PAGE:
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Michelle Monck

Consumer Finance Expert
Published: 05/10/2020
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Today marks the start of the Chartered Institute for Securities and Investment’s (CISI’s) Financial Planning Week. The week, organised by the CISI and for the first time ever supported by its trade body rival The Personal Finance Society (PFS), aims to help improve consumers’ confidence and understanding of finances.
This includes helping more consumers to plan their finances and to make sure their life goals are supported with a financial plan to achieve these. A good financial plan can include a review of your pension arrangements, making sure your family is protected if your income reduces, a review of your savings and investments and the cost of your borrowing.

The CISI is offering all consumers a free one-hour personal financial planning session worth up to £500 during Financial Planning Week. The PFS is offering support through its pro-bono programmes, which includes 100 financial advisers offering free guidance to Armed Forces personnel. Consumers can also find financial advisers by using services such as and
The Coronavirus pandemic has affected nearly everybody’s day-to-day finances and the Money Wellness Index from first direct found more than half of adults (54%) now want to become more financially resilient. This is on top of 9 million UK consumers that identify as having low financial capability (study: Financial Conduct Authority) and just over a quarter of respondents to a CISI study stating they were not confident about their financial situation.

Rachel Springall, finance expert at, said:
“The impact of the Coronavirus pandemic on consumers and businesses may well have prompted them to take a step back to reassess their financial health and there is no time like the present to take advantage of free financial planning sessions through CISI during Financial Planning Week. If consumers would prefer to do the groundwork themselves or are wondering how to keep up a regular check on their financial health, then it is worth spending some time to seek out ways to do so.”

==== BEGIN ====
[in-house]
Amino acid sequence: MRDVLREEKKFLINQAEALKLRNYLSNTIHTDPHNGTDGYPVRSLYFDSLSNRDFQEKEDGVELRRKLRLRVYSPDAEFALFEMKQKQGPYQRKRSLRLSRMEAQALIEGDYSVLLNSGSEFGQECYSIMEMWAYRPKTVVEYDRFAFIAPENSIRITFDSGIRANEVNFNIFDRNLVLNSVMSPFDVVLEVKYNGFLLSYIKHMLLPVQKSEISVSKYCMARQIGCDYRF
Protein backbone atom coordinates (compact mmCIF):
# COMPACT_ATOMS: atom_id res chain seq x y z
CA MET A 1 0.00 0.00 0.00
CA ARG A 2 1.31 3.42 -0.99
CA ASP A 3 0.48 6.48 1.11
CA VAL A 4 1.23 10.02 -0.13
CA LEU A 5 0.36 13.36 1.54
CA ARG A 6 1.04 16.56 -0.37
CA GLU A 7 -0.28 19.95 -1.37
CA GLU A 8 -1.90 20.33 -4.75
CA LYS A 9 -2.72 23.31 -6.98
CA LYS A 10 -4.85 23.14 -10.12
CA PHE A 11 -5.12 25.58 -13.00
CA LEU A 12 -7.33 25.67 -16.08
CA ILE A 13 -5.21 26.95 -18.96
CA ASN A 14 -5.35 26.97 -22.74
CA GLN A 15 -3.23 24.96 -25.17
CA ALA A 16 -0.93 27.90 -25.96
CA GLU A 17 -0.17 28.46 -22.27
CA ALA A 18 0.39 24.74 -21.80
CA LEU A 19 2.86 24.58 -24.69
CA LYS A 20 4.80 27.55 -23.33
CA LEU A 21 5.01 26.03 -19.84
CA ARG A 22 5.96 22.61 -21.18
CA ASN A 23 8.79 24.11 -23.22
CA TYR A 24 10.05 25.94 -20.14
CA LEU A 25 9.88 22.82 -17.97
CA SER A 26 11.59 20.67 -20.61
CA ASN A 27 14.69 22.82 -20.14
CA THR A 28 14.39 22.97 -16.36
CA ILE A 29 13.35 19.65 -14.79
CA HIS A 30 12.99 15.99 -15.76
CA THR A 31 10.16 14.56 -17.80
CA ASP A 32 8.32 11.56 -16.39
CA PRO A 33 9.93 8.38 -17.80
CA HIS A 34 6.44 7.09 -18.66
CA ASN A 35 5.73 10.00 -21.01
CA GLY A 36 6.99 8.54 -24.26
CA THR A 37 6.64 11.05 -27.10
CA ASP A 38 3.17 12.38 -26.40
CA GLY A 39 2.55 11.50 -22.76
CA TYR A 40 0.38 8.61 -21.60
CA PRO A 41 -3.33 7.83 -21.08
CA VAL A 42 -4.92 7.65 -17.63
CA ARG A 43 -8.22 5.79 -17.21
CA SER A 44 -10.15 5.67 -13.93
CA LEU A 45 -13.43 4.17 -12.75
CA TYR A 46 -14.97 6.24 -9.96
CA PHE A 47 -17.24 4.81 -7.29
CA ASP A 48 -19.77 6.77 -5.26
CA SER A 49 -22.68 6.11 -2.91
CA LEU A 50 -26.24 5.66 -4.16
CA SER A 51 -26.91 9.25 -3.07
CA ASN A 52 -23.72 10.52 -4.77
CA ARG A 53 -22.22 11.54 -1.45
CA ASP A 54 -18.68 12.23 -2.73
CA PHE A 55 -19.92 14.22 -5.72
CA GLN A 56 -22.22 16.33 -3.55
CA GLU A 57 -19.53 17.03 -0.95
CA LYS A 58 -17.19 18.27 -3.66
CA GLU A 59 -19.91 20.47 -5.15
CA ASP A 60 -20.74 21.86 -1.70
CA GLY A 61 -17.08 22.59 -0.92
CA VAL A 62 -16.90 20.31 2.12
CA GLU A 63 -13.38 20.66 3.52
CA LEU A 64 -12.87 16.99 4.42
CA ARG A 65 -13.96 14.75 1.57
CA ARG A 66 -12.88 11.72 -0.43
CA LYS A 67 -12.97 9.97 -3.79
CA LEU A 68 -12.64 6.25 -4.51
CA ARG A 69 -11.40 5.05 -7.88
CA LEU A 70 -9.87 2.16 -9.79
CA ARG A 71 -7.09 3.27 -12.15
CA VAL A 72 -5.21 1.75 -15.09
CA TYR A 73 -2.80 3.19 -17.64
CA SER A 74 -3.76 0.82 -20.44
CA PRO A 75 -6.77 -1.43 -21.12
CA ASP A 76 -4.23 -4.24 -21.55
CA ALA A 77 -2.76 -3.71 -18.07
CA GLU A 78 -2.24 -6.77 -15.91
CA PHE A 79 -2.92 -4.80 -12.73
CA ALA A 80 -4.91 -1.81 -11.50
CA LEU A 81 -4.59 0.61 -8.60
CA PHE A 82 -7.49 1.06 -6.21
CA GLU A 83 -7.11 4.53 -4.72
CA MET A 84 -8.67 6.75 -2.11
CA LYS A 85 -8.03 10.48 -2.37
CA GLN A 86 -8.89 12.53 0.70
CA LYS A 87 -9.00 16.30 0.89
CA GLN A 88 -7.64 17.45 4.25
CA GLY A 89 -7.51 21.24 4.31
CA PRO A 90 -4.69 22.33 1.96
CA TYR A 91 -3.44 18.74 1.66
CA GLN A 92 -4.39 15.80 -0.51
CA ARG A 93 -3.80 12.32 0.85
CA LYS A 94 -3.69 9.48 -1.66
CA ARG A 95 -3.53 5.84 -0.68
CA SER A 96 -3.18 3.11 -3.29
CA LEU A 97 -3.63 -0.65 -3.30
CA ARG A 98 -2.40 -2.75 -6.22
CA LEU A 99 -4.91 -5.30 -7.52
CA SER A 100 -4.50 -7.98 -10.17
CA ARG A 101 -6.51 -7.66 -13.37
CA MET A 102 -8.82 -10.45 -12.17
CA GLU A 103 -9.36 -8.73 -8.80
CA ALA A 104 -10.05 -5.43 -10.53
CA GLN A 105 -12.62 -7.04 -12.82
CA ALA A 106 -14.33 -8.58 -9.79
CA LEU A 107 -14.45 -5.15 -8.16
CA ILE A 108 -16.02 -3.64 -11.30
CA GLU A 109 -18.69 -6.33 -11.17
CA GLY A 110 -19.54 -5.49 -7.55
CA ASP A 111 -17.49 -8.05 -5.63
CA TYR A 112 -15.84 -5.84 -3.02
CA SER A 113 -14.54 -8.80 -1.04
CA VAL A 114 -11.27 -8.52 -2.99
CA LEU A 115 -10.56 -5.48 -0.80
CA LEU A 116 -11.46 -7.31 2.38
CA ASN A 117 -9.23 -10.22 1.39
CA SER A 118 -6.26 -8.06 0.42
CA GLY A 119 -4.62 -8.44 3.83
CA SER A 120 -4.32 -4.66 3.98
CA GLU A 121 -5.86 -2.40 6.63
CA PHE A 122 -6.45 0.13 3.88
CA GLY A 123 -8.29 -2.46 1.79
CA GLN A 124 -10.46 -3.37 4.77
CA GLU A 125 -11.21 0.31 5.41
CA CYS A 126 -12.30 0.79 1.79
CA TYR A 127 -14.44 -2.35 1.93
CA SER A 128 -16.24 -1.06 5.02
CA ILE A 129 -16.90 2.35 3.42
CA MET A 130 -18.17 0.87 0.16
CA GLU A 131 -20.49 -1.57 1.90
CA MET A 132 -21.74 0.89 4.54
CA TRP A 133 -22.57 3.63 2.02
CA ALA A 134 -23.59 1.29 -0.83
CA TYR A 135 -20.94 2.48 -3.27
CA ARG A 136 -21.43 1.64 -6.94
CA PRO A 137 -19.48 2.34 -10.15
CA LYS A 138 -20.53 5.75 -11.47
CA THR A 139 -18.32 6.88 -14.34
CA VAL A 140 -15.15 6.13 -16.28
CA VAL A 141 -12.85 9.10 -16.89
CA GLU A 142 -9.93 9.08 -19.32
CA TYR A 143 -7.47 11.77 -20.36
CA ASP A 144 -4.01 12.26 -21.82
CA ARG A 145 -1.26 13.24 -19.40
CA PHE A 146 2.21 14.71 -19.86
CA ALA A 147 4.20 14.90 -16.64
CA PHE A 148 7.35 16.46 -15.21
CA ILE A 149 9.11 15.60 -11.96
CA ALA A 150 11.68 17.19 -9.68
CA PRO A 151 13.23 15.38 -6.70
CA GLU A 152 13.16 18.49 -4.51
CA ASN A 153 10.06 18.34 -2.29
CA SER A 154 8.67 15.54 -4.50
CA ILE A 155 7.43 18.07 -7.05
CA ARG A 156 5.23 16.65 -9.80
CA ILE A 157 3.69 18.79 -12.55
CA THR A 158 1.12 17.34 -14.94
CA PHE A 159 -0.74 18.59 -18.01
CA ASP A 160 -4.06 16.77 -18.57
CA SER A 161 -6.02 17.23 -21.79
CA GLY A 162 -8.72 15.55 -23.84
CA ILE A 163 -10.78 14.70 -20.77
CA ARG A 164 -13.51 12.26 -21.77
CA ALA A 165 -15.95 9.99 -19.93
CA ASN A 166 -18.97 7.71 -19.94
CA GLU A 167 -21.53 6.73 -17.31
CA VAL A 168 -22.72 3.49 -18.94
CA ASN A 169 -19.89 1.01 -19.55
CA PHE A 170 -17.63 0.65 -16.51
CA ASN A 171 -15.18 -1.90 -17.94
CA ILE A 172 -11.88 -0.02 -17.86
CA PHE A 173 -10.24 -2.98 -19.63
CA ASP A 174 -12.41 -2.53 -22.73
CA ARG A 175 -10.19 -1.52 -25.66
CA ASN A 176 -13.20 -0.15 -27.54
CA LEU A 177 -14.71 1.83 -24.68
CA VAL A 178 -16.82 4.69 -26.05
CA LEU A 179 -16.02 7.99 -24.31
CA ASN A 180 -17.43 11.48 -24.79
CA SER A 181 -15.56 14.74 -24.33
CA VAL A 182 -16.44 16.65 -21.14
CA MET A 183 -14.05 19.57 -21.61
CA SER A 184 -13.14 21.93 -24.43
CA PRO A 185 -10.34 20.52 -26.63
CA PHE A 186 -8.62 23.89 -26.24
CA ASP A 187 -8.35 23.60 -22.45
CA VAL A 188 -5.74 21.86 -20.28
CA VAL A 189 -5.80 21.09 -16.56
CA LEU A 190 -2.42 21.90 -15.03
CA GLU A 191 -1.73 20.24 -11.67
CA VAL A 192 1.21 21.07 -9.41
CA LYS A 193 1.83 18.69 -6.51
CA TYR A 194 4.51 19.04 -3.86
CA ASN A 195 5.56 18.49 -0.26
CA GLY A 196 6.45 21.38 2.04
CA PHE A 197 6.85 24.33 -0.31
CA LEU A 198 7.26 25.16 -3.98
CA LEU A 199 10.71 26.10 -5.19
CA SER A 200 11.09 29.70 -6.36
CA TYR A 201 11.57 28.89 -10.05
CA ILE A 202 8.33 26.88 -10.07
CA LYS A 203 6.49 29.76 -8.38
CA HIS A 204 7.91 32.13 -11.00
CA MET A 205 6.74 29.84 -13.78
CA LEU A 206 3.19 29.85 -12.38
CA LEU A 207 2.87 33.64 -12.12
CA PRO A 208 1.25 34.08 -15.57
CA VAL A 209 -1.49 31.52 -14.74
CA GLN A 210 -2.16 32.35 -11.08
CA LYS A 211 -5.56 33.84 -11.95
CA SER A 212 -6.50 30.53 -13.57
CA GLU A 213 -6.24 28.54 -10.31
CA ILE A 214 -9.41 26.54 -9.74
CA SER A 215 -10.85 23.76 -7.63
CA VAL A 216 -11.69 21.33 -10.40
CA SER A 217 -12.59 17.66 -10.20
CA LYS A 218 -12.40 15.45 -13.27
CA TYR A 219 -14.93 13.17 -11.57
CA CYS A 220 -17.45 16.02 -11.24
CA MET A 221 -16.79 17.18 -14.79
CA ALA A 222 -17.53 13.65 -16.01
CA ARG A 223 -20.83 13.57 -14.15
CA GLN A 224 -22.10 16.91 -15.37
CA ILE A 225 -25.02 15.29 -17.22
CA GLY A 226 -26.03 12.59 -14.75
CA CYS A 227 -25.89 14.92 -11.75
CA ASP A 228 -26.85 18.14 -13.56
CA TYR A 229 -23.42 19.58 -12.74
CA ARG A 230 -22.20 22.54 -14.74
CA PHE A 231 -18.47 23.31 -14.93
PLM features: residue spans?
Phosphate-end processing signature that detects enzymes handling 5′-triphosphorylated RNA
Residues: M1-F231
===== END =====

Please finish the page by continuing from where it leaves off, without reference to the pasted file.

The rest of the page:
Consumers worried about their finances or lacking in confidence can take control by following a series of steps to manage their money and debts today and for the future.

1. Set small goals that build towards achieving your main financial aims

Consider what you would want your lifestyle to be like after you stop working. It may be decades away but having a clear aim can then help you to set smaller goals along the way. A financial plan is like the old phrase that you cannot eat an elephant whole. Breaking it up into financial goals that you can achieve along the way will help to keep you focussed and motivated. You can then start to create a spending plan, starting by listing out your main expenses so you are clear where your money currently goes. This can be done using a notebook, excel spreadsheet or using a free mobile budgeting app.
Rachel Springall said: “Changing behaviour may mean that consumers are more inclined to manage their finances on the go, or to have a more hands-on approach in general. Mobile apps can be a worthwhile avenue in this respect, especially those designed to help budgeting and set specific savings goals. Money Dashboard is an app that allows consumers to see their income, expenses and connected accounts all in one place for many brands, enabling them to see their spending behaviour and whether they need to kick start their savings habit. It is free to download and could make a real difference to keeping tabs on daily changes.”

2. Switch any debts to lower rates and pay-off the most expensive

For many of us, debt is an inevitable way of life. Not all debt is bad though, for example longer-term debt such as a mortgage or a buy-to-let help you to acquire an asset and/or income. However short-term debt on personal loans and credit cards can be expensive and it is therefore a good idea to switch debts to a lower rate if you can and to focus on paying off those debts with the highest rates first (of course without missing the minimum payments on your debt). Consolidating your debts can help to reduce your monthly debt outgoings.
According to Springall, more than half of all credit card debt in the UK is on an interest-charging basis:
“As we enter the autumn, consumers may be preparing for the festive season and are concerned about covering the expense. If they decide to use a credit card to spread the cost of their purchases, then they would be wise to use an interest-free card. In fact, the majority of credit card balances in the UK are interest-charging according to UK Finance (54.9% June 2020) and £292 could be saved over one year by switching to a fee-free 0% balance transfer card*.”